Nov-2006
Author
Debjani Mitra
M J Jacobsen
Annette O'Connor
Kevin Pottie
Peter Tugwell
Author Affiliation
Department of Epidemiology, University of Ottawa, Roger Guindon, 451 Smyth Road, Ottawa, ON, Canada. dmitra@cheo.on.ca
Source
Patient Educ Couns. 2006 Nov;63(3):292-300
Date
Nov-2006
Language
English
Publication Type
Article
Keywords
AIDS Serodiagnosis
Adult
Canada
Conflict (Psychology)
Counseling
Decision Making
Emigration and Immigration
Female
HIV Infections - prevention & control - transmission
Health Knowledge, Attitudes, Practice
Humans
Infectious Disease Transmission, Vertical - prevention & control
Male
Mass Screening
Middle Aged
Needs Assessment
Refugees
Abstract
To describe the decision support needs of immigrant and refugee women from HIV endemic countries regarding decision-making about voluntary counseling and testing for HIV (VCT) in Canada; and the needs of practitioners who support these women in making this decision, in a culturally appropriate manner.
Adapted, semi-structured questionnaires, based on the Ottawa Decision Support Framework (ODSF), were used to interview practitioners and patients. Practitioners from diverse backgrounds were purposefully selected from centers providing VCT in Ottawa. Adult, English-speaking immigrant and refugee women from HIV endemic countries were recruited from a clinic specializing in immigrant health services. Responses were tabulated using descriptive statistics, and emerging themes coded to identify unique factors affecting decision-making.
Analysis revealed differences between practitioner and patient perceptions of the decision-making needs of women from HIV endemic countries regarding VCT. Practitioners identified women's lack of knowledge about HIV transmission and prevention as a primary need, while patients identified inadequate awareness of HIV screening and treatment services, and their benefits and harms. Patients also perceived that women would not be aware of the various VCT options, while few practitioners highlighted this concern. Both groups held similar viewpoints about counseling strategies that could improve decision-making.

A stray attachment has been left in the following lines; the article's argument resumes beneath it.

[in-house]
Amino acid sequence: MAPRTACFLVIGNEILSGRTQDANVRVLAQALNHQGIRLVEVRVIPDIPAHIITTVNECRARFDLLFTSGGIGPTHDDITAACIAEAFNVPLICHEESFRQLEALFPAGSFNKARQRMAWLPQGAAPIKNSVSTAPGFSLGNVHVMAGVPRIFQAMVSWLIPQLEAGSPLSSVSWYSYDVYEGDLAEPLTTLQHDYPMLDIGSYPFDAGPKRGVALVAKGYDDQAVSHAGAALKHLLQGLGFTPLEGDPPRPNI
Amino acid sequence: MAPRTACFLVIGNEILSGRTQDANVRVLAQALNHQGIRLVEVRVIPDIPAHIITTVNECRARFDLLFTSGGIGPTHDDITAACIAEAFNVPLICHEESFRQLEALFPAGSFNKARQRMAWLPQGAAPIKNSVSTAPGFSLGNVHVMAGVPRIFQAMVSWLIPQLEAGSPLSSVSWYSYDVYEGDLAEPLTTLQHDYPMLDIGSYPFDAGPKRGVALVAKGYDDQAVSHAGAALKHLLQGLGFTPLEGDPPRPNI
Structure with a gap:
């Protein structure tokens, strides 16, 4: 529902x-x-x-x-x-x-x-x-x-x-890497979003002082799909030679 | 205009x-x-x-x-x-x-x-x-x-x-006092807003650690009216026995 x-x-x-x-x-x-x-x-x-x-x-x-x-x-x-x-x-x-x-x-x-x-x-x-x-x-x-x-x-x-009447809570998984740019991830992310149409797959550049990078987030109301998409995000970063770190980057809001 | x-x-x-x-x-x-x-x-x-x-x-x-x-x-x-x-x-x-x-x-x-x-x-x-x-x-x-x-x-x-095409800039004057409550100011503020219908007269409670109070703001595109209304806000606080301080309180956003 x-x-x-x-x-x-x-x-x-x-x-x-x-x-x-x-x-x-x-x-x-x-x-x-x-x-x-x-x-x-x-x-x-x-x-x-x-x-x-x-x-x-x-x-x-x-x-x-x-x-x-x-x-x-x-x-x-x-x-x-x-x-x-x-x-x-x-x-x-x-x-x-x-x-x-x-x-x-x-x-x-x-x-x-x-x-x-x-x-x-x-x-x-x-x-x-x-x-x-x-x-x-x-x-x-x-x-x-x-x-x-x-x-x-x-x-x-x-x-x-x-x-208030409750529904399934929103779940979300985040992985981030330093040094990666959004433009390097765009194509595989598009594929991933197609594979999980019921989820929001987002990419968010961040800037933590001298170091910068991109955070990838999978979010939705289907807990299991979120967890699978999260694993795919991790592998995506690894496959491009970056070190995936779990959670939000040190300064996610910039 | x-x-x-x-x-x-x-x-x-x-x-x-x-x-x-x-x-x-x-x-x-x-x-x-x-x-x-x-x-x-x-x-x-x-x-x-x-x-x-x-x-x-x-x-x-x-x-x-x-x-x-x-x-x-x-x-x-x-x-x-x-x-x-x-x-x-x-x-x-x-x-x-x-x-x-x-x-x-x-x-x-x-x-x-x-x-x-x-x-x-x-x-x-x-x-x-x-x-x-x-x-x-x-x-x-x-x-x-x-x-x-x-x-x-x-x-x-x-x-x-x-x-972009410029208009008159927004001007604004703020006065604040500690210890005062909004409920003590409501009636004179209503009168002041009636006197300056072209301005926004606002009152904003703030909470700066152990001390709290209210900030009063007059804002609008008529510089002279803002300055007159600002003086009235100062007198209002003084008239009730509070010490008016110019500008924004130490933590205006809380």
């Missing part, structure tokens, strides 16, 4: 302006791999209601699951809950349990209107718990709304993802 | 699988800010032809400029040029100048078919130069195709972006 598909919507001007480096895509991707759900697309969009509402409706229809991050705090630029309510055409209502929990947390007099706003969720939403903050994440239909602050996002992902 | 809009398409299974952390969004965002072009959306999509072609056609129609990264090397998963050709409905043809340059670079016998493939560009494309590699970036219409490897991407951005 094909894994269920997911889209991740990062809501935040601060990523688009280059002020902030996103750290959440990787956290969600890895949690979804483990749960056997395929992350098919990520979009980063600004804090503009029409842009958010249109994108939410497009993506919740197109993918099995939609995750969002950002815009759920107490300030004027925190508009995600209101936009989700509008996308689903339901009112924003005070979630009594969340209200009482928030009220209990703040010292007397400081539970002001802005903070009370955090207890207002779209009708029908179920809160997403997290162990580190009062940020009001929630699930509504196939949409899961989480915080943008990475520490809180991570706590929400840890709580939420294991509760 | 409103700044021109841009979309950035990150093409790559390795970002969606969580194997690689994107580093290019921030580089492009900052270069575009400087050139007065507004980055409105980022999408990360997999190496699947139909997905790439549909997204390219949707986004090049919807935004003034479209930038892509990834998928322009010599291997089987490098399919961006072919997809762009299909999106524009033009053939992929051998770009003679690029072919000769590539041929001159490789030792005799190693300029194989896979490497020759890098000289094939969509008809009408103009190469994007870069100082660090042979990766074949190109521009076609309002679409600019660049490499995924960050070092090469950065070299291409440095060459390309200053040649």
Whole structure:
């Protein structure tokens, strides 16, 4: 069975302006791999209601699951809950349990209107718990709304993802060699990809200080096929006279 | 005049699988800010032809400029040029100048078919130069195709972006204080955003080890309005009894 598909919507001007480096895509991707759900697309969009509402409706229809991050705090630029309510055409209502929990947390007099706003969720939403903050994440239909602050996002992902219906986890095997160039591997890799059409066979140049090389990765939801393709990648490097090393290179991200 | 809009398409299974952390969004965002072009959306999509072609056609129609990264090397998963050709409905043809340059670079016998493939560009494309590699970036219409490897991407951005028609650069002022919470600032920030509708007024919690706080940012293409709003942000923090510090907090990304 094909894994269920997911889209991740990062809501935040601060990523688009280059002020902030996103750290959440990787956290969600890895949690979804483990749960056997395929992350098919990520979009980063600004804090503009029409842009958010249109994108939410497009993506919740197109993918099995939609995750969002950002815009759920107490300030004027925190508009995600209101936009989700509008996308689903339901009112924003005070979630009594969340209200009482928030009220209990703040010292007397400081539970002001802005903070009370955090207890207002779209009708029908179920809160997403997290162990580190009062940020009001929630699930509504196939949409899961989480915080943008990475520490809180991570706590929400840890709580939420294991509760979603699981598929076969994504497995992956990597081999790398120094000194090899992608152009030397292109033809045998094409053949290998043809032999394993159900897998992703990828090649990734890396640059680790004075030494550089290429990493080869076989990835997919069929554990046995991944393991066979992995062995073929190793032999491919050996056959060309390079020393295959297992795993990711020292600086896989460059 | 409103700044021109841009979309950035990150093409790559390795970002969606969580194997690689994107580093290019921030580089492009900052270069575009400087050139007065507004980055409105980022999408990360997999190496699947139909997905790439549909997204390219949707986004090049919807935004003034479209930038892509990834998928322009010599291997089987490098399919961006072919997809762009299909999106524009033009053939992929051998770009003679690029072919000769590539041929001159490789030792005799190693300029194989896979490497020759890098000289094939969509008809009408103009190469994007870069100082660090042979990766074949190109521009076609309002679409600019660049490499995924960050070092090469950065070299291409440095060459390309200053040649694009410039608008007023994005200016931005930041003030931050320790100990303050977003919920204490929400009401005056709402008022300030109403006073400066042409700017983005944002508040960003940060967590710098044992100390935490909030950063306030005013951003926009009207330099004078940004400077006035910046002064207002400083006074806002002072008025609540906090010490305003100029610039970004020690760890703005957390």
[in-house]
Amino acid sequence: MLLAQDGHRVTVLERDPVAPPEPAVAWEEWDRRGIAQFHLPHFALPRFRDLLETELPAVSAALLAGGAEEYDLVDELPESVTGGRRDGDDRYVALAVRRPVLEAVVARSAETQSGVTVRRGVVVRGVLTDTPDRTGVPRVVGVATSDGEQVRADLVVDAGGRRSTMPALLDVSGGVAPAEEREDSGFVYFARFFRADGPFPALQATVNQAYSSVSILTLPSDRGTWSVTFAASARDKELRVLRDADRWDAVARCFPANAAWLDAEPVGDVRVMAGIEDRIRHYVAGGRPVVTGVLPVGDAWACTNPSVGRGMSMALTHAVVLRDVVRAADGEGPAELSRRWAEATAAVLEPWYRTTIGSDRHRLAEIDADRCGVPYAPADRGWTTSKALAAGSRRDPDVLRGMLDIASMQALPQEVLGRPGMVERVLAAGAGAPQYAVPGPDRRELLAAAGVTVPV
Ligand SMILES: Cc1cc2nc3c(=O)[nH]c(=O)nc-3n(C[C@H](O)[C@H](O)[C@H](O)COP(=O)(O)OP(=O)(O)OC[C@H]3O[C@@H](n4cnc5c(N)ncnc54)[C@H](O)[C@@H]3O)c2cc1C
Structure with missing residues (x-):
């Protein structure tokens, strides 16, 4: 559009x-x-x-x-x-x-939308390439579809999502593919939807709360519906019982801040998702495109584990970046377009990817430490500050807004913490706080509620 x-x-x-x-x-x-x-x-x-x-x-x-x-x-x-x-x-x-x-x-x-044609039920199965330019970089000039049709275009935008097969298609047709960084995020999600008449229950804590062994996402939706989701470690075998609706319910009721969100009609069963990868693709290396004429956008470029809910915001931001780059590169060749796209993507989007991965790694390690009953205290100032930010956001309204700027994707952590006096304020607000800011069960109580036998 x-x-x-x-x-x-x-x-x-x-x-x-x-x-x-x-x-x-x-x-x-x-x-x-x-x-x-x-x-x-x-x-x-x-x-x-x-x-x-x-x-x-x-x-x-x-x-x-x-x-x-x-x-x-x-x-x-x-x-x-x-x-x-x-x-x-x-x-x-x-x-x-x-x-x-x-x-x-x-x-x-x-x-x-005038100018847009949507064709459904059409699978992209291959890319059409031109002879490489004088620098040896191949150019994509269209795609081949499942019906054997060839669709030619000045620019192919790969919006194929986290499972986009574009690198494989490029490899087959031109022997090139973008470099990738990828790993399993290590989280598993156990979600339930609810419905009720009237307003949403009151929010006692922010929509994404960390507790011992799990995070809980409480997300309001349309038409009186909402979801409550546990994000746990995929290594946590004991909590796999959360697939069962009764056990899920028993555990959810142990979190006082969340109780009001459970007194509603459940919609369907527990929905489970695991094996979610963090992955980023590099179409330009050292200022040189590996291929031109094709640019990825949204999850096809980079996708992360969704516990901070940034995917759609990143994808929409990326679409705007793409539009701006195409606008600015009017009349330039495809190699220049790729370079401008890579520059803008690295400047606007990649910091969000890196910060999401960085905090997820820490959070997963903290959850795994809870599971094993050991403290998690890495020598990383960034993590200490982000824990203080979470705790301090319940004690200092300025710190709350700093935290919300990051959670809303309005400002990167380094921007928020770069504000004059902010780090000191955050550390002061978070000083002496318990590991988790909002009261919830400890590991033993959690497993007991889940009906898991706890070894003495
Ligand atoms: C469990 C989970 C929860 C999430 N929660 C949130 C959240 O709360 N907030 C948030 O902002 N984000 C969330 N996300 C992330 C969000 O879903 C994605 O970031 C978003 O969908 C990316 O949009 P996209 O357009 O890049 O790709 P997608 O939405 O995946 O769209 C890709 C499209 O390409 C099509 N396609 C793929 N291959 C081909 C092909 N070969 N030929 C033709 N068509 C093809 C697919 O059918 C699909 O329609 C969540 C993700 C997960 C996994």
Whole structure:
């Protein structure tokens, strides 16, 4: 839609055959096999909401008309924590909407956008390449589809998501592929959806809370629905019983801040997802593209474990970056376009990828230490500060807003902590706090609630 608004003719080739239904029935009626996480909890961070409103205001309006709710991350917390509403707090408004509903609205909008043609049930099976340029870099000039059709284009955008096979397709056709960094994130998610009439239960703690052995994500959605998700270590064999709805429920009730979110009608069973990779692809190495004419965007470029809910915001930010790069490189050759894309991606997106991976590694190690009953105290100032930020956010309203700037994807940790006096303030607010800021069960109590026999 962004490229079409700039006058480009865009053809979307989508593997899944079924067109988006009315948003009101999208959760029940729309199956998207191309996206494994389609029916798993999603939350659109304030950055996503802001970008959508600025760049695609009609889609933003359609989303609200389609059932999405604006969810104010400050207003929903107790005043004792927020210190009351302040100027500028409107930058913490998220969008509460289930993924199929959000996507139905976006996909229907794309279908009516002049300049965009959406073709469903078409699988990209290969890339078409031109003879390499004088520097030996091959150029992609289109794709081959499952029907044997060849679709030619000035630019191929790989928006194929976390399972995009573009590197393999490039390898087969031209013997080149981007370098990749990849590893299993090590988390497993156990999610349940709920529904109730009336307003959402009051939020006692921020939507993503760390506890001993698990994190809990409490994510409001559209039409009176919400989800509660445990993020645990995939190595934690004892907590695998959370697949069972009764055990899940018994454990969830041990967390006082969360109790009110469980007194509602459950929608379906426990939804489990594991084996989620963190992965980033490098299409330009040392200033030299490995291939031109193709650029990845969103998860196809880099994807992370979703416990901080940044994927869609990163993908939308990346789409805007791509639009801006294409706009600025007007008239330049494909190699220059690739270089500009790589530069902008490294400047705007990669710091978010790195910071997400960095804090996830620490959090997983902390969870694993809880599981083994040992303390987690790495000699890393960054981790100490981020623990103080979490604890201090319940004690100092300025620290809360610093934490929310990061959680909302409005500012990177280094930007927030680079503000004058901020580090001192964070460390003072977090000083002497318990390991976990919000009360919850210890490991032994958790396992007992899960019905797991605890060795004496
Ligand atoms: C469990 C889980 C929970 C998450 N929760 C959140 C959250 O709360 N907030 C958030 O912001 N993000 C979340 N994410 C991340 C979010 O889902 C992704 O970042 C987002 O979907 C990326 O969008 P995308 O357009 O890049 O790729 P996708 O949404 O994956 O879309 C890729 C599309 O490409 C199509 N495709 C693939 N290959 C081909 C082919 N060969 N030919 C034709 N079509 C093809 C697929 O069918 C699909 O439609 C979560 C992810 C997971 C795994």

Women were unaware of the options available to them for VCT. Both practitioners and patients highlighted the issue of stigma and negative outcomes associated with testing that created barriers or contributed to delays in women receiving testing. Women preferred anonymous testing, and recommended that information and decision support regarding HIV testing be provided via non-targeted strategies, and integrated within general health services or public education.
Decision support in the context of VCT can improve decision quality, empowering patients to make informed decisions based on personal values. Study findings can inform the development of clinical guidelines for the routine offering of VCT.
PubMed ID
16876376 View in PubMed
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Barriers to prenatal care and poor pregnancy outcomes among women with syphilis in the Russian Federation.

https://arctichealth.org/en/permalink/ahliterature162676
Source
Int J STD AIDS. 2007 Jun;18(6):392-5
Publication Type
Article
Date
Jun-2007
Author
K L Southwick
L I Tikhonova
E G Salakhov
A. Shakarishvili
C. Ryan
S. Hillis
Author Affiliation
NY State Department of Health, Metropolitan Regional Area Office, Bureau of Communicable Disease Control, 145 Huguenot Street, Suite 500, New Rochelle, NY 10801, USA. kis08@health.state.ny.us
Source
Int J STD AIDS. 2007 Jun;18(6):392-5
Date
Jun-2007
Language
English
Publication Type
Article
Keywords
Adolescent
Adult
Female
Health Services Accessibility
Humans
Infant mortality
Infant, Newborn
Infectious Disease Transmission, Vertical - prevention & control
Male
Pregnancy
Pregnancy Complications, Infectious - economics - microbiology - therapy
Pregnancy outcome
Prenatal Care
Retrospective Studies
Risk factors